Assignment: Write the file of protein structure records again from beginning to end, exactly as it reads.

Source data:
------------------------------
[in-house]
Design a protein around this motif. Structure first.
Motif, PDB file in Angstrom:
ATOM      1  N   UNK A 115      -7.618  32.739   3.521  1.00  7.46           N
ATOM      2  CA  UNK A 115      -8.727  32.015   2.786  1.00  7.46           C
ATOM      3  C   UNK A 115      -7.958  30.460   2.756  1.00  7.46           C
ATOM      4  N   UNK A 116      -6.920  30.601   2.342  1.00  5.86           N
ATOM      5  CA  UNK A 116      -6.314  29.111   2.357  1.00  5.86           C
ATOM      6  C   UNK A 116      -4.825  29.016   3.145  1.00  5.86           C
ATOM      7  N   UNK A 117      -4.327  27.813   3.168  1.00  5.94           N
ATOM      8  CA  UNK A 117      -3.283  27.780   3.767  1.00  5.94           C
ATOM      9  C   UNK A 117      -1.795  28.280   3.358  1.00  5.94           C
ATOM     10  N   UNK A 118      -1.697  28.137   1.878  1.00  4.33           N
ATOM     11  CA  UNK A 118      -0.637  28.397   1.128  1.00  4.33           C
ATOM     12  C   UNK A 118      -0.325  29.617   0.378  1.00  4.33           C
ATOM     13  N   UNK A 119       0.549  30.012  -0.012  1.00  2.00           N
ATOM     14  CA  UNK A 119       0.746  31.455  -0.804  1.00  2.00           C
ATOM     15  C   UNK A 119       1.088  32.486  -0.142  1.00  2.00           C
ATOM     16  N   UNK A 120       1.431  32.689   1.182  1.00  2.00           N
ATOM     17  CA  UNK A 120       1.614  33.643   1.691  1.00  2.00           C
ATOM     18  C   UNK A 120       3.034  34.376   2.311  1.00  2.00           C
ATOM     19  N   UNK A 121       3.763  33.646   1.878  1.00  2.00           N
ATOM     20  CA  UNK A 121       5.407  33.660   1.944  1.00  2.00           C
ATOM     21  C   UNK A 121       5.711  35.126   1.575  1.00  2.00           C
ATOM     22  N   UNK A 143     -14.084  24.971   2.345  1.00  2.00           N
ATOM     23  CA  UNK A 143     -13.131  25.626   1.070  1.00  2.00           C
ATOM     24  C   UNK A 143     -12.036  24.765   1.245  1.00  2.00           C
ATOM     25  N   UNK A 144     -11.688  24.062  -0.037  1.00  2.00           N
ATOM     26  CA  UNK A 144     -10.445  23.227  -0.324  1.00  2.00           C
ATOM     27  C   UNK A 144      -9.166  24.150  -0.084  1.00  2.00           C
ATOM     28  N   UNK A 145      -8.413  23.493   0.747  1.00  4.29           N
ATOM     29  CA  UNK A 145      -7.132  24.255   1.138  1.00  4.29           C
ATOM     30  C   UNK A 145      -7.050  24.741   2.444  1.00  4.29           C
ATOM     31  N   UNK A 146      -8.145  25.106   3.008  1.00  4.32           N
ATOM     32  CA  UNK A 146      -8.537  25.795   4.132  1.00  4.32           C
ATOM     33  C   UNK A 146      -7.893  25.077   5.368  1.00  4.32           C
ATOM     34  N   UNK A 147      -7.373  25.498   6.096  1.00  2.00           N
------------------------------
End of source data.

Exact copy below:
[in-house]
Design a protein around this motif. Structure first.
Motif, PDB file in Angstrom:
ATOM      1  N   UNK A 115      -7.618  32.739   3.521  1.00  7.46           N
ATOM      2  CA  UNK A 115      -8.727  32.015   2.786  1.00  7.46           C
ATOM      3  C   UNK A 115      -7.958  30.460   2.756  1.00  7.46           C
ATOM      4  N   UNK A 116      -6.920  30.601   2.342  1.00  5.86           N
ATOM      5  CA  UNK A 116      -6.314  29.111   2.357  1.00  5.86           C
ATOM      6  C   UNK A 116      -4.825  29.016   3.145  1.00  5.86           C
ATOM      7  N   UNK A 117      -4.327  27.813   3.168  1.00  5.94           N
ATOM      8  CA  UNK A 117      -3.283  27.780   3.767  1.00  5.94           C
ATOM      9  C   UNK A 117      -1.795  28.280   3.358  1.00  5.94           C
ATOM     10  N   UNK A 118      -1.697  28.137   1.878  1.00  4.33           N
ATOM     11  CA  UNK A 118      -0.637  28.397   1.128  1.00  4.33           C
ATOM     12  C   UNK A 118      -0.325  29.617   0.378  1.00  4.33           C
ATOM     13  N   UNK A 119       0.549  30.012  -0.012  1.00  2.00           N
ATOM     14  CA  UNK A 119       0.746  31.455  -0.804  1.00  2.00           C
ATOM     15  C   UNK A 119       1.088  32.486  -0.142  1.00  2.00           C
ATOM     16  N   UNK A 120       1.431  32.689   1.182  1.00  2.00           N
ATOM     17  CA  UNK A 120       1.614  33.643   1.691  1.00  2.00           C
ATOM     18  C   UNK A 120       3.034  34.376   2.311  1.00  2.00           C
ATOM     19  N   UNK A 121       3.763  33.646   1.878  1.00  2.00           N
ATOM     20  CA  UNK A 121       5.407  33.660   1.944  1.00  2.00           C
ATOM     21  C   UNK A 121       5.711  35.126   1.575  1.00  2.00           C
ATOM     22  N   UNK A 143     -14.084  24.971   2.345  1.00  2.00           N
ATOM     23  CA  UNK A 143     -13.131  25.626   1.070  1.00  2.00           C
ATOM     24  C   UNK A 143     -12.036  24.765   1.245  1.00  2.00           C
ATOM     25  N   UNK A 144     -11.688  24.062  -0.037  1.00  2.00           N
ATOM     26  CA  UNK A 144     -10.445  23.227  -0.324  1.00  2.00           C
ATOM     27  C   UNK A 144      -9.166  24.150  -0.084  1.00  2.00           C
ATOM     28  N   UNK A 145      -8.413  23.493   0.747  1.00  4.29           N
ATOM     29  CA  UNK A 145      -7.132  24.255   1.138  1.00  4.29           C
ATOM     30  C   UNK A 145      -7.050  24.741   2.444  1.00  4.29           C
ATOM     31  N   UNK A 146      -8.145  25.106   3.008  1.00  4.32           N
ATOM     32  CA  UNK A 146      -8.537  25.795   4.132  1.00  4.32           C
ATOM     33  C   UNK A 146      -7.893  25.077   5.368  1.00  4.32           C
ATOM     34  N   UNK A 147      -7.373  25.498   6.096  1.00  2.00           N